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The Assembly of Academicians at BAS elected three scientists as foreign members of the Academy

The Bulgarian Academy of Sciences reported that on 28 November 2013 the Assembly of Academicians at BAS elected as foreign members of the Academy three scientists - Acad. Victor Matveev from Russia, Prof. Andre Geim from the UK and Prof. Konstantin Novoselov of Russia.

Academician Viktor Anatolyevich Matveev
was born on 12.11.1941 in Taiga, Novosibirsk Region, USSR.
V.A Matveev graduated in 1964 from the Physics Faculty of the Leningrad State University in the Department of Academician V.A Fock. In 1967 he defended his doctoral dissertation at JINR Dubna, under the guidance of Acad. N.N Bogolyubov and Prof. A. N. Tahvelidze. In 1973 he defended a thesis for the scientific degree "Doctor of physical and mathematical sciences". From 1975 to 1977 he specialized in the theoretical department of the National Laboratory of the U.S.A "E. Farms" in Illinois.
V.A Matveev is a world renowned scientist in the field of particle physics, theoretical and mathematical physics. The main directions of his scientific work are related to the development of the quantum field theory in the construction of relativistic quark models of hadrons and description of dynamic symmetries in particle physics at high energies. In 1965-1966, together with B.V Struminski and A. N. Tahvelidze, they received the fundamental results in the creation of the quark theory of hadrons. They introduced a new quantum number for quarks, which was later called "colour ". This result is a base for the development of particle physics - quantum chromodynamics. In another cycle of works, together with R.M Muradyan and A. N. Tahvelidze, they formulated the principle of automodelling in high energy physics. This principle allows for a unified approach to scale - invariant description of deep inelastic processes at high energies and high transmission pulse. The proposed in this work rules for quark counting were registered in 1988 in the Register of the Inventions and Discoveries of the USSR. V.A Matveev has developed the concept of "hidden" colour in atomic nuclei and showed the importance of quark degrees of freedom in the structure of nuclei at small distances, the so-called relativistic nuclear physics.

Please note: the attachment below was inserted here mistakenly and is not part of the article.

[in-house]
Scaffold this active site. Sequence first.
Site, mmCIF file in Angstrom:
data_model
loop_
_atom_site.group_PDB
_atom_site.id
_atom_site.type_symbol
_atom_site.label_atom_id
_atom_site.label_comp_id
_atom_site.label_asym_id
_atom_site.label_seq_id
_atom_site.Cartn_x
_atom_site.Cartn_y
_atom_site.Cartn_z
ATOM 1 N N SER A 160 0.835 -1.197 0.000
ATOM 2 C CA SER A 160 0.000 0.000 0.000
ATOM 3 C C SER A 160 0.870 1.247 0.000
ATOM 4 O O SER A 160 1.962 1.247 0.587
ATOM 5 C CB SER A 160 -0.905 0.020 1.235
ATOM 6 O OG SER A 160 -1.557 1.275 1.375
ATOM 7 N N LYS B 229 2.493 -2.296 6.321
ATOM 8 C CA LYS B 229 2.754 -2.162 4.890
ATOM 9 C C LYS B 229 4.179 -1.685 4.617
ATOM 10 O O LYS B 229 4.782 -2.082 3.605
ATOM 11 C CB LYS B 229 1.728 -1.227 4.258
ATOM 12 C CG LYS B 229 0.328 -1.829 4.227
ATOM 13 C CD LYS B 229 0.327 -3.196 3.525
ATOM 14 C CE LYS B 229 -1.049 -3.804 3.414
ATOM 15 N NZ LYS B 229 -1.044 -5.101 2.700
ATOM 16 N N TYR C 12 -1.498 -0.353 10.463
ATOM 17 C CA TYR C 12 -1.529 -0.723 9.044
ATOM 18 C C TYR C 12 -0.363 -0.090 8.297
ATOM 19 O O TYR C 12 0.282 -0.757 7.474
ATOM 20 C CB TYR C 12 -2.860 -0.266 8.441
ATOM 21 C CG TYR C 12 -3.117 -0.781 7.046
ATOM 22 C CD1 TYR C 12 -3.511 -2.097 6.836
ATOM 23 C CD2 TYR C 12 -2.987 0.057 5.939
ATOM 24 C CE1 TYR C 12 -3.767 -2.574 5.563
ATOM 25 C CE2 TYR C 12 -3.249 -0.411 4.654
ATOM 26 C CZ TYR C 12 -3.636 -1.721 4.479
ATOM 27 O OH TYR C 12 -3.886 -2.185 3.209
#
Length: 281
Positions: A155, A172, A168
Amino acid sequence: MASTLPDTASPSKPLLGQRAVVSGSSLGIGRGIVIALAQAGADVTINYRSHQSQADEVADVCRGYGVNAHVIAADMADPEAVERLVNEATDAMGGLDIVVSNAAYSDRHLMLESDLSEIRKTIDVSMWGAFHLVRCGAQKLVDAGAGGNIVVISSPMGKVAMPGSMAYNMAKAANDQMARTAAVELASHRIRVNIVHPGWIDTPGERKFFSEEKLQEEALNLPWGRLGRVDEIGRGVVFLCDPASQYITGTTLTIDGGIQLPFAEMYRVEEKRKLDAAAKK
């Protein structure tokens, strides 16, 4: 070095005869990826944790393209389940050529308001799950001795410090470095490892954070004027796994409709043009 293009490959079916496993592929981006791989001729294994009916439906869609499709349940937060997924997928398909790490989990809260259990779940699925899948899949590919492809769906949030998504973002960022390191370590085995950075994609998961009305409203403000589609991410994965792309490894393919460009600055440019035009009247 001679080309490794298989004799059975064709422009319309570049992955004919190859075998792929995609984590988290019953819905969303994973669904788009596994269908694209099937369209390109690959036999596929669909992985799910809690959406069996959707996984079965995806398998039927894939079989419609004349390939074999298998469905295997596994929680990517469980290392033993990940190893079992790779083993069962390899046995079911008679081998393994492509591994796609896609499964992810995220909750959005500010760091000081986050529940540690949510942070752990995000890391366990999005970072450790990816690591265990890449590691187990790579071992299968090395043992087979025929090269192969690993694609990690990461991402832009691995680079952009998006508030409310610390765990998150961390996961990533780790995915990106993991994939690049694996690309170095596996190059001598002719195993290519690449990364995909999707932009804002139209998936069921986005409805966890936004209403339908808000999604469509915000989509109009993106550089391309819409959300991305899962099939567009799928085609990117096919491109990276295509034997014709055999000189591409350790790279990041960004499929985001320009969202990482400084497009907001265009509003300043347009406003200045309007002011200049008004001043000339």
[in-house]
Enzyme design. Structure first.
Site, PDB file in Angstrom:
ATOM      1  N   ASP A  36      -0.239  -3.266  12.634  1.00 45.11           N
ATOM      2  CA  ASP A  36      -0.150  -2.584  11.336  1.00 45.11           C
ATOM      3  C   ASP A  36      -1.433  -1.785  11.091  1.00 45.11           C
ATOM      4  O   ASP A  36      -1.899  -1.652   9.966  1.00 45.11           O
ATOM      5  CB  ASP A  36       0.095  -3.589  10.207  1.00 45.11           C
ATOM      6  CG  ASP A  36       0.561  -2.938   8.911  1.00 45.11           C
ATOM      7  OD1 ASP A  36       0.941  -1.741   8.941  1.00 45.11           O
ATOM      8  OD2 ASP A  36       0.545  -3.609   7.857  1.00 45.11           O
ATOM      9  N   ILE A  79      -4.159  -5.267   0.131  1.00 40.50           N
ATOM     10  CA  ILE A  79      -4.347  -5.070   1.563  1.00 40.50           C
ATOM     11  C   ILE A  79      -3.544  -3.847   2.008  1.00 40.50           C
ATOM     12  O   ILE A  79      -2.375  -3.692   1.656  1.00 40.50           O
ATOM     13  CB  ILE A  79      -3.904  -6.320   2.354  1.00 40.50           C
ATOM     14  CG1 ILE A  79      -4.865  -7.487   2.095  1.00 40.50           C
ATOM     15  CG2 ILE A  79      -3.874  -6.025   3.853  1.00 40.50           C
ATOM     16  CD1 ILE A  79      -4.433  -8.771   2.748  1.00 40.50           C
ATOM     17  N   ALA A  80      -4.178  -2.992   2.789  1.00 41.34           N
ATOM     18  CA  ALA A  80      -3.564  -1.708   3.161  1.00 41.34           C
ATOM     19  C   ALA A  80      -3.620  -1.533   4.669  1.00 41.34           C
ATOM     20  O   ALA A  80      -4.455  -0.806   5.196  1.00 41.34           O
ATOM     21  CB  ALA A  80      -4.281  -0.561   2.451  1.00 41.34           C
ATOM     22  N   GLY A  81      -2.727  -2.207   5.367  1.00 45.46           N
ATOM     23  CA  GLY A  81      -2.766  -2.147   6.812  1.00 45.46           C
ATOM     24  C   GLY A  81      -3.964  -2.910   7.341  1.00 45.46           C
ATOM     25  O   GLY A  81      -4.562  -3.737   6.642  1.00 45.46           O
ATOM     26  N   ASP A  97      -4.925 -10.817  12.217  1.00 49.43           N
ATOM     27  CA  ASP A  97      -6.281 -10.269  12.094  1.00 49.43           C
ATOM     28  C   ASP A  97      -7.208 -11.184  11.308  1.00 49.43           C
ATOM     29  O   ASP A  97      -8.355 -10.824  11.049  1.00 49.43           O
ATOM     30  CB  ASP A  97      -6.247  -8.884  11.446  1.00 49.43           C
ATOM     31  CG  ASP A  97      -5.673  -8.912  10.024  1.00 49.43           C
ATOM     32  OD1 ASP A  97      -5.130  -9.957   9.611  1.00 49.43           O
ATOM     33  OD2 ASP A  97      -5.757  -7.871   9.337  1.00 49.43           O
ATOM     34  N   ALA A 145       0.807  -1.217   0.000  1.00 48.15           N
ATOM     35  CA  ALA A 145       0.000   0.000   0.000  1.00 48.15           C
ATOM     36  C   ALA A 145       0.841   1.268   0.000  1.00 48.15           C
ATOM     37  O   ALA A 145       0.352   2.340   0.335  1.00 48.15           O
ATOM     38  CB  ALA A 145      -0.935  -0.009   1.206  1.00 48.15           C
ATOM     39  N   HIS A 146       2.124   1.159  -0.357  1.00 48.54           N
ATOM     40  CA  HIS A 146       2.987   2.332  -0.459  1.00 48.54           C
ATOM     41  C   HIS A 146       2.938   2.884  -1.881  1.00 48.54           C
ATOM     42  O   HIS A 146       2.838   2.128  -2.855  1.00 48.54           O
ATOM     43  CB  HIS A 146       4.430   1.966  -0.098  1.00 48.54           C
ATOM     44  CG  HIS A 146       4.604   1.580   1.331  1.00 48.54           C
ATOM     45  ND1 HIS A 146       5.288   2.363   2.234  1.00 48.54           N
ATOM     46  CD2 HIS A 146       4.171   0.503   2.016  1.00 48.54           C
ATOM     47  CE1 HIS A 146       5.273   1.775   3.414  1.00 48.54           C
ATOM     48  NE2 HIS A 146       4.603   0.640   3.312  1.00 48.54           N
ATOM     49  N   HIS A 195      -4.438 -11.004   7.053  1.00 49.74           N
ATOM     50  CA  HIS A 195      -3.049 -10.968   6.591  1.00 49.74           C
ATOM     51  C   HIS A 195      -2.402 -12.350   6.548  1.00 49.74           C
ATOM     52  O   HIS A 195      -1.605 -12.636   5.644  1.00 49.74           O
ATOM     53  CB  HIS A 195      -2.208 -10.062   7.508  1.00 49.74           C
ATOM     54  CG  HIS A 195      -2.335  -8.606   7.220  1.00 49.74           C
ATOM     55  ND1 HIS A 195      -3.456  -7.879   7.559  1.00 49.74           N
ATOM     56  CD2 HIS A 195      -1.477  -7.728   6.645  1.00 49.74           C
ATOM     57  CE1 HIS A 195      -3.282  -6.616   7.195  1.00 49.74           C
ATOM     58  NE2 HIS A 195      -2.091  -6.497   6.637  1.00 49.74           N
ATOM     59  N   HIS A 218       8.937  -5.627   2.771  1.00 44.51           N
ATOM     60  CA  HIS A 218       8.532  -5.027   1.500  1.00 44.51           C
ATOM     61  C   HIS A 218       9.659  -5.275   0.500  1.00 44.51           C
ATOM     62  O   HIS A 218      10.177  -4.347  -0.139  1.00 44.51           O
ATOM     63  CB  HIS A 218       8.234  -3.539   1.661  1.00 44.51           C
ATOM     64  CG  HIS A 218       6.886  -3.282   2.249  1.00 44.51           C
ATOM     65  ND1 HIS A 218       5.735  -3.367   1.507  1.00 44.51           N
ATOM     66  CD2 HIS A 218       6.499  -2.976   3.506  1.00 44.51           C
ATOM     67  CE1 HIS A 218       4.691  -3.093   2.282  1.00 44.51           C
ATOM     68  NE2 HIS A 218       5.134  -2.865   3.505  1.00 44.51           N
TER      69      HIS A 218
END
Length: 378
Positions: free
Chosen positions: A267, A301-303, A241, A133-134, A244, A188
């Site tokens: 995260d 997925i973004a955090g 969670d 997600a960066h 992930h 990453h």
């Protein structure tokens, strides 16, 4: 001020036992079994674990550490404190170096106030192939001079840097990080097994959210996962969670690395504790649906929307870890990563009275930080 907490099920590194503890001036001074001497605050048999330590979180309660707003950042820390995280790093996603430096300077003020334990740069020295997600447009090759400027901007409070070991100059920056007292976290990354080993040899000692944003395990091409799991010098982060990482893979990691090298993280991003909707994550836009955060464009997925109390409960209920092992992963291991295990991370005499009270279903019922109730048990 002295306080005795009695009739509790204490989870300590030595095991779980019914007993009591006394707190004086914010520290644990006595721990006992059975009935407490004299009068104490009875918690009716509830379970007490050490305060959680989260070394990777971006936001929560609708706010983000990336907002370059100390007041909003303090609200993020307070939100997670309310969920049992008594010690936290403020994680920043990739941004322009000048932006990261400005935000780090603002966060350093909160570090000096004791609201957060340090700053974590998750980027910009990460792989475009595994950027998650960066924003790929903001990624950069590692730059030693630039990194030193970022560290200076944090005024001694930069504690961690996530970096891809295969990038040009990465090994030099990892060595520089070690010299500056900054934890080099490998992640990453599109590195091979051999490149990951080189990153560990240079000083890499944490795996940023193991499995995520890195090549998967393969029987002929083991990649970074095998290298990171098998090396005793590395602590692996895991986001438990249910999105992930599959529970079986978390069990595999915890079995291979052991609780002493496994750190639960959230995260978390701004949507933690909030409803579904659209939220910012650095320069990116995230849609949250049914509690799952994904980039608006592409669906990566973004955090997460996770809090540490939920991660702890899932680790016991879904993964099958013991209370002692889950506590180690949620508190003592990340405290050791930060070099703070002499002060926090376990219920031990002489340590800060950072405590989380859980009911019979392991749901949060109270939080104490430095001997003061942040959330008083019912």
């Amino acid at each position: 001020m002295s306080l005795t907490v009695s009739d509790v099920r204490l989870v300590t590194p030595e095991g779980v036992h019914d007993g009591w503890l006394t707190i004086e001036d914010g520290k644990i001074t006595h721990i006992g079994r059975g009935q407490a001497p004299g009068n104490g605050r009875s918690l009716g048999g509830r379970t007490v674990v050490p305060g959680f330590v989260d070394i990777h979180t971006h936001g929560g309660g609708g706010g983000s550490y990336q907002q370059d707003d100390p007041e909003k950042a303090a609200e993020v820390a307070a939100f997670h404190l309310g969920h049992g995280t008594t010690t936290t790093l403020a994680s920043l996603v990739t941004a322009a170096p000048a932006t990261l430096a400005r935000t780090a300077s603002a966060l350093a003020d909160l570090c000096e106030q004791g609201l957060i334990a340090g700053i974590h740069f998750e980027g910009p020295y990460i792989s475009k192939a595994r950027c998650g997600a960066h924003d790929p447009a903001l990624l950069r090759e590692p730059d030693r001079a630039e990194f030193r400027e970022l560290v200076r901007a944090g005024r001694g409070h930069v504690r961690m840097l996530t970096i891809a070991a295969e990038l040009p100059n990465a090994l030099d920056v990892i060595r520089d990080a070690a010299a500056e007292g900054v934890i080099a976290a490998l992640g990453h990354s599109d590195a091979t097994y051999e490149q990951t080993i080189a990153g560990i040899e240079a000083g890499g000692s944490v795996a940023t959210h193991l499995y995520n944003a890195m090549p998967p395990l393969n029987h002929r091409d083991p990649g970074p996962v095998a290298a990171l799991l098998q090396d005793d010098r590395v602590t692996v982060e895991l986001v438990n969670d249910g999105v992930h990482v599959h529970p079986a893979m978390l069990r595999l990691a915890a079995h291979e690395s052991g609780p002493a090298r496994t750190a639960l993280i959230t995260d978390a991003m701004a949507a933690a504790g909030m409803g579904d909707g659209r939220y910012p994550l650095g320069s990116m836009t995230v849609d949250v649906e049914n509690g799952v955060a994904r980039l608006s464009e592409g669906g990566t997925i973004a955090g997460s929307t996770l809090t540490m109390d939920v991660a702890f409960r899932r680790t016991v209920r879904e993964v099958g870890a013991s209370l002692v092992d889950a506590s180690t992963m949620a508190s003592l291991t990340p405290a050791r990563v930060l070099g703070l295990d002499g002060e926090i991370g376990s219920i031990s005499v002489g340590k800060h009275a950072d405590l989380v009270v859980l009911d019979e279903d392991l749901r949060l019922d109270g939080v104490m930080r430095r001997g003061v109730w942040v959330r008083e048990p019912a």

In 1991 he was elected as a corresponding member of the Russian Academy of Sciences. In 1994 he was elected Academician of the Russian Academy of Sciences. In 1994 he was elected to the Presidium of the Russian Academy of Sciences and Vice Chair of the Department of Nuclear Physics. From 2008 to 2013 he was president (academic secretary) of the Division of Physical Sciences at RAS.
V.A Matveev was selected by the Committee of Plenipotentiaries of countries participating in the Joint Institute for Nuclear Research (JINR) as Director of the Institute in March 2011. V.A Matveev has joint publications with Bulgarian scientists. We will underline the collaboration with Corr. Member of BAS D.Ts. Stoyanov.

Professor Andre Geim was born on 21.10.1958 in the city of Sochi, Russia, into a family of engineers from German origin. In 1976, he became a student at the Moscow Physical- Technical Institute. In 1982 he graduated from the Faculty of General and Applied Physics, and in 1987 received the degree "Doctor" in the ISSP at RAS, where he worked as a research associate. In 1990 he received a scholarship from the Royal Society and left Russia. In England, he worked at the University of Nottingham and Bath, and then briefly at the University of Copenhagen, Denmark. In 1994, he received the readership at the University of Nijmegen, The Netherlands. One of his PhD students in Nijmegen, Konstantin Novoselov, then became his main partner in research. In 2001 he was appointed professor of physics at the University of Manchester, and since 2002 has been director of the Center for Mesoscience and Nanotechnology at the same university. He has dual citizenship of the Netherlands and the UK.